How to get good IT job references: 6 tips

How do you find good job references for your IT job search? Experts share advice on succeeding during reference checks
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CIO Managing Your Boss

Your professional reputation is like your DNA, Russell Reynolds Associates consultant Eric Sigurdson is fond of saying: You can’t change it.

That good name comes into play when potential employers start reaching out to your references. “There is a pattern of your behaviors and performance that everyone around you sees, observes, and evaluates,” Sigurdson says. “It’s important to remember that no matter how well you communicate, how well you position yourself, and how well you sell your capabilities during the hiring process, nothing is as relevant as the perceptions of others you’ve worked with.”

IT job references still matter

Although the process of picking up the phone to actually have a discussion about someone’s performance might seem antiquated in the age of LinkedIn recommendations, Google searches, and treasure troves of digital data on individuals, Sigurdson says that old-fashioned professional references are more in important than ever.

“We live in a complex time and the [IT leadership] job has gotten more and more difficult,” he points out. “Not everyone is great at everything, so it’s really important to try and suss out an individual’s strengths and weakness and be able to hire to support and complement those.” References are the best source of that intelligence.

[ Crush that interview. Download: IT job searching in 2019: A practical guide. ]

While it’s impossible to change the opinions and experiences of those you’ve worked with in the past, IT pros and IT leaders seeking new roles can prepare wisely. 

6 steps to good IT job references

1. Pick your best spokespeople as references

It may seem like a no-brainer, but putting forth the right references is key. “If someone has made job moves every four or five years, it should be relatively easy to find people they’ve worked with one job ago or someone at their current company that’s left to offer up,” says Sigurdson.

2. Provide some variety in references

Offer up people you have worked for, worked with as peers, and managed as direct reports.

Sigurdson likes to see a collection of people you have worked for, worked with as peers, and managed as direct reports. If you don’t offer up a 360-degree view of yourself via the references you offer, the hiring company or recruiter may find some on their own.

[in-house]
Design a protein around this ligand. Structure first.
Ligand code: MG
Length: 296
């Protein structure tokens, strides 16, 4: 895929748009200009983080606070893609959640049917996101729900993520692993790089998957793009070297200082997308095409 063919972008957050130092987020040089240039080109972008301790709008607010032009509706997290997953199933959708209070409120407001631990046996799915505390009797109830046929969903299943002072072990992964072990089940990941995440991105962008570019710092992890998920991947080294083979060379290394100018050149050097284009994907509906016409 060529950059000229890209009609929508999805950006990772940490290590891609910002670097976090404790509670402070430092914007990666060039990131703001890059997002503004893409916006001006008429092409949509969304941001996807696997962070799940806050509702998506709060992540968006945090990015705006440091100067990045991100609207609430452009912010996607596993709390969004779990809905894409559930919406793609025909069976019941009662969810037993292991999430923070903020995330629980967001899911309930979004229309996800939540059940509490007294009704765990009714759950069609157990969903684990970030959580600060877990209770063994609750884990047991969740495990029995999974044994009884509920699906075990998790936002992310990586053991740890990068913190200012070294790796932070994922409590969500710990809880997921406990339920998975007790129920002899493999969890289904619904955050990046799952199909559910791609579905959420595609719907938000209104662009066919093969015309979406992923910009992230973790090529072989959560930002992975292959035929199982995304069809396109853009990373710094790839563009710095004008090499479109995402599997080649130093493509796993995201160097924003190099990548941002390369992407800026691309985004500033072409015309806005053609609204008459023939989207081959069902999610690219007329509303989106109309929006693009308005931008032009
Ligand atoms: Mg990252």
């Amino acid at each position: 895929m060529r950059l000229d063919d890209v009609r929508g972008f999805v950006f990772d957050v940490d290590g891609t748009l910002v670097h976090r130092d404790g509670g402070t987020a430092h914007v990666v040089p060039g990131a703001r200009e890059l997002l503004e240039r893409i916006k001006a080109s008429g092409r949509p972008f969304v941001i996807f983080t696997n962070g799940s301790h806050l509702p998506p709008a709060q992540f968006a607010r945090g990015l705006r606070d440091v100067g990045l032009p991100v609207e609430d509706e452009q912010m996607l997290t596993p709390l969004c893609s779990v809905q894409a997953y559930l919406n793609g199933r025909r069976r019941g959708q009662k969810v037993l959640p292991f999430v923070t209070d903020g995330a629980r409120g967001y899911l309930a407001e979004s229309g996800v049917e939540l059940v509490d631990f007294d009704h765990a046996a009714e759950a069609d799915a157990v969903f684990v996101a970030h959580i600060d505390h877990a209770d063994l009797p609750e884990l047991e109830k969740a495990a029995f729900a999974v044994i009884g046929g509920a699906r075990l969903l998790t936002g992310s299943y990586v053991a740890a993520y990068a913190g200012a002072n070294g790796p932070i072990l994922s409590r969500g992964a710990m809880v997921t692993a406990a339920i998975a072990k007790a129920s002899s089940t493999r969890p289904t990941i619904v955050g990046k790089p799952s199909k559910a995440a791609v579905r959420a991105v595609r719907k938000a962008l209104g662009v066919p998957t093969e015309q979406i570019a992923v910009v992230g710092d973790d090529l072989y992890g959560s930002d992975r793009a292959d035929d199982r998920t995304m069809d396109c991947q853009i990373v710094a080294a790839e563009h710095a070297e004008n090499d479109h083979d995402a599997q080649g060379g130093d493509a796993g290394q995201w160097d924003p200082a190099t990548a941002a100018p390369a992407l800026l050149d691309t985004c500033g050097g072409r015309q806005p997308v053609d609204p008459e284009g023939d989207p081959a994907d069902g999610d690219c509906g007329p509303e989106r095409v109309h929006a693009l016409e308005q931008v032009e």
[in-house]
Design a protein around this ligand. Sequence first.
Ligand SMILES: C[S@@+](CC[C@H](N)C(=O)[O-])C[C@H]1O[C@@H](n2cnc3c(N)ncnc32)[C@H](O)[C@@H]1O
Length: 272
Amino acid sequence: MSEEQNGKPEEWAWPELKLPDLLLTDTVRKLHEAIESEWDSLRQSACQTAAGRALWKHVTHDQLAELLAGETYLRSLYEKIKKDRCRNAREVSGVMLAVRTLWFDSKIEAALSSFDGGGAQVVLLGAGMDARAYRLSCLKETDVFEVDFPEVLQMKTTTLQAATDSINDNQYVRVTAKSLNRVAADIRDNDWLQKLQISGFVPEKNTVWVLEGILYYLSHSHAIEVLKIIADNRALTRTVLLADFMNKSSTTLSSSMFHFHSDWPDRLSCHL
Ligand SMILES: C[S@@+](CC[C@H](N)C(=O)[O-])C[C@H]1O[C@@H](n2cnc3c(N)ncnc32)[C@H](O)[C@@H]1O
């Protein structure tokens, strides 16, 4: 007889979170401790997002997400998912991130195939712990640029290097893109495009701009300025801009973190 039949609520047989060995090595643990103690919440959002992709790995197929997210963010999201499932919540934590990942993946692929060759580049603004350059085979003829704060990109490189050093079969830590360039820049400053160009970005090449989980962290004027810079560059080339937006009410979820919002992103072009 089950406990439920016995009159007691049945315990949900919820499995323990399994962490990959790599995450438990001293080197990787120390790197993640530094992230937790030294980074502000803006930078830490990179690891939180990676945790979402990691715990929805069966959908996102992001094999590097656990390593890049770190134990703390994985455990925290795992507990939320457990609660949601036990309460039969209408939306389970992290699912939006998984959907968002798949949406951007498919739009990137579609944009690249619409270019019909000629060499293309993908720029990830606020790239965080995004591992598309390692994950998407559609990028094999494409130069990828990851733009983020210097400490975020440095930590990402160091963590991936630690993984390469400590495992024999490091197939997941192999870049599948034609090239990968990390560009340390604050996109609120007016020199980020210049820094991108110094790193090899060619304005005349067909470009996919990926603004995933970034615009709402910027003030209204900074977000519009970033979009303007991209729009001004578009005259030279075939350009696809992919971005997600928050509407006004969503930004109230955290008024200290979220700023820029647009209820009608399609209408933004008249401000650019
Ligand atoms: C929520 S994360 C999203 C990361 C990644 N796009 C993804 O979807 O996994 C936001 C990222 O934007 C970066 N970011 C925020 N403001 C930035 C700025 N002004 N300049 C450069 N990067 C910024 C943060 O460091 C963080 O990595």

3. Consider external references

If you’ve been at the same company for many years (and if those you’ve worked with are still there), finding appropriate references can be trickier. In that case, Sigurdson advises thinking about vendors, consultants, and other partners who have seen your leadership at work.

4. Review – and perhaps trim – social connections

“References are easier to get than they ever have been in the past,” says Sigurdson. Recruiters and hiring managers can easily and quickly find folks they trust in your LinkedIn (or other social media) connections and discreetly reach out to them.

“Think about who’s in your network,” Sigurdson advises. Review any mutual connections you have with hiring managers or recruiters and make sure those are folks you think will present their experience with you in the best light. If they’re not, it may be time to remove them from your digital life.

5. Consider how references will answer tricky questions

Hiring managers and recruiters know that most job references the candidate provides will give only glowing praise unless pushed. So push they will. One of Sigurdson’s go-to questions for references is “What kinds of people should we surround this IT leader with to ensure he or she will succeed?” It’s a covert way to find out where a candidate might be lacking. The reference may say, “He needs a good finance person,” or “It would be great if you had a relationship manager because she’s so focused on technology.”

While you typically can’t address any concerns that arise at the late reference stage, it may be worth considering how your references might answer in order to present your strongest case during the interviewing stage.

6. Remember, personal perfection is not the goal

IT leaders working on difficult transformations or as change agents will naturally ruffle a few feathers. “By definition, you’re not going to make everyone happy,” Sigurdson says. Most hiring managers and recruiters understand that and will consider any negative input in that light. In some cases, Sigurdson will run a reference check on a reference to understand the full context of their comments. Nonetheless, IT leaders can do their due diligence by addressing issues related to difficult changes earlier on in the evaluation process.

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Stephanie Overby is an award-winning reporter and editor with more than twenty years of professional journalism experience. For the last decade, her work has focused on the intersection of business and technology. She lives in Boston, Mass.